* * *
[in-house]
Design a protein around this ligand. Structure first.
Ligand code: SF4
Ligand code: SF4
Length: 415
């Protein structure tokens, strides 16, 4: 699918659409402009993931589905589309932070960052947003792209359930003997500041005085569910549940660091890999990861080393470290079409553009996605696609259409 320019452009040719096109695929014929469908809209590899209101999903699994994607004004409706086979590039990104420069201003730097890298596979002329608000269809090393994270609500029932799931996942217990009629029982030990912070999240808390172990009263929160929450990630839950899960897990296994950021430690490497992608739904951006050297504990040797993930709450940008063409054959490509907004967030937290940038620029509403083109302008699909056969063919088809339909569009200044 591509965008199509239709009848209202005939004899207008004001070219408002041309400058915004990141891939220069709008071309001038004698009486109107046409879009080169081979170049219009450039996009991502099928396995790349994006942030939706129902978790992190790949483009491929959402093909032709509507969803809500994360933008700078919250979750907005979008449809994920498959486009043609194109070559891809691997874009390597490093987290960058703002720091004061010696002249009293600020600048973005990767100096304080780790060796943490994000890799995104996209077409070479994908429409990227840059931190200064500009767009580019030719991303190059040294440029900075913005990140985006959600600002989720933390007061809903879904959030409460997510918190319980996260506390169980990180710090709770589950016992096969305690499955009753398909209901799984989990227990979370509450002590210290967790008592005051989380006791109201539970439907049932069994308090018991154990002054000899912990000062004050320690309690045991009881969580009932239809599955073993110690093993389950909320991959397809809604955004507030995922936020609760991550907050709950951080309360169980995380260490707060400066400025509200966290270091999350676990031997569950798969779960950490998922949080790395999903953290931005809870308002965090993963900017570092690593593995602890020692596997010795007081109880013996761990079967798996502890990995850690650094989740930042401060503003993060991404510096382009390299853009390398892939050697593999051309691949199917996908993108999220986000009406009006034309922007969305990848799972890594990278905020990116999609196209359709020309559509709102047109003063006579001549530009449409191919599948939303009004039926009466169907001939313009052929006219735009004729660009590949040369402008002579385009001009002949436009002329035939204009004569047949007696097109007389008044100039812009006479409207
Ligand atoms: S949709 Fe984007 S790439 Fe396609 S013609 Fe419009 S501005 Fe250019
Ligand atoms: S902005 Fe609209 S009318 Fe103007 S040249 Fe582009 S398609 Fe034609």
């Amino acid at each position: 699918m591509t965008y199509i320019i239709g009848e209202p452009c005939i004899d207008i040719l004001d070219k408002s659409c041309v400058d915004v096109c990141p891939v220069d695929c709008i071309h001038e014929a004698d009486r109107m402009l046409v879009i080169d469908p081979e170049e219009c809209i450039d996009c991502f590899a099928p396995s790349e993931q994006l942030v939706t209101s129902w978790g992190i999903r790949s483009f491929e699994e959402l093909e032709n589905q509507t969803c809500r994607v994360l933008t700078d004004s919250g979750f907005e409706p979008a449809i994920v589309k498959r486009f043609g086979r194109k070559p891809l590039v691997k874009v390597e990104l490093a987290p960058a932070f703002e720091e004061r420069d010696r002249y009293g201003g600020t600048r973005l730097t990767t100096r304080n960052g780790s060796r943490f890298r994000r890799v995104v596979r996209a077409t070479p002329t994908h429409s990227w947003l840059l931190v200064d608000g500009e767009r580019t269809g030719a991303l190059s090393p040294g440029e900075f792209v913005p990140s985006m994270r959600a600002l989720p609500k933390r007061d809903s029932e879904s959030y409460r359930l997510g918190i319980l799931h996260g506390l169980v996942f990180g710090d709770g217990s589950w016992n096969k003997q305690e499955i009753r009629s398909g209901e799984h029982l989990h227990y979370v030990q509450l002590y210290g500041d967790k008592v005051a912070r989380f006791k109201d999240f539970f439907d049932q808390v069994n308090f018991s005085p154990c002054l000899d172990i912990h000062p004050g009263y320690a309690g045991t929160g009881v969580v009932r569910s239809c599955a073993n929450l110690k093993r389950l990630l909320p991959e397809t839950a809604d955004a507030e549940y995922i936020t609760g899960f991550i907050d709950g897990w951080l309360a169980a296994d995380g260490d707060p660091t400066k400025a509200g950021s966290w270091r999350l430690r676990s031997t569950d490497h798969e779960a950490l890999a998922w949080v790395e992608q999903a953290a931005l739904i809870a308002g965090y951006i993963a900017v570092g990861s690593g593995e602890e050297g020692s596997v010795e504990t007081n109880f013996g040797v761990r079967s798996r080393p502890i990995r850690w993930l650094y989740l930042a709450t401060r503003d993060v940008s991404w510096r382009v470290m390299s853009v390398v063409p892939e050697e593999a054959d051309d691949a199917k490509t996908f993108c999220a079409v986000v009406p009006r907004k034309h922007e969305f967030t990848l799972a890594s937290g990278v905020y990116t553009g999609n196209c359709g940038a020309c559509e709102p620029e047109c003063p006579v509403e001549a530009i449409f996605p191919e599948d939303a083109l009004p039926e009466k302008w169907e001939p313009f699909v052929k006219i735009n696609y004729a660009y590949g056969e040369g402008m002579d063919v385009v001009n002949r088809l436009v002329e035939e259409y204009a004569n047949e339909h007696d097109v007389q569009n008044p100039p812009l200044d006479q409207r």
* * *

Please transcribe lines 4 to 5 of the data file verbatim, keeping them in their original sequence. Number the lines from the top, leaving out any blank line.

Ligand code: SF4
Length: 415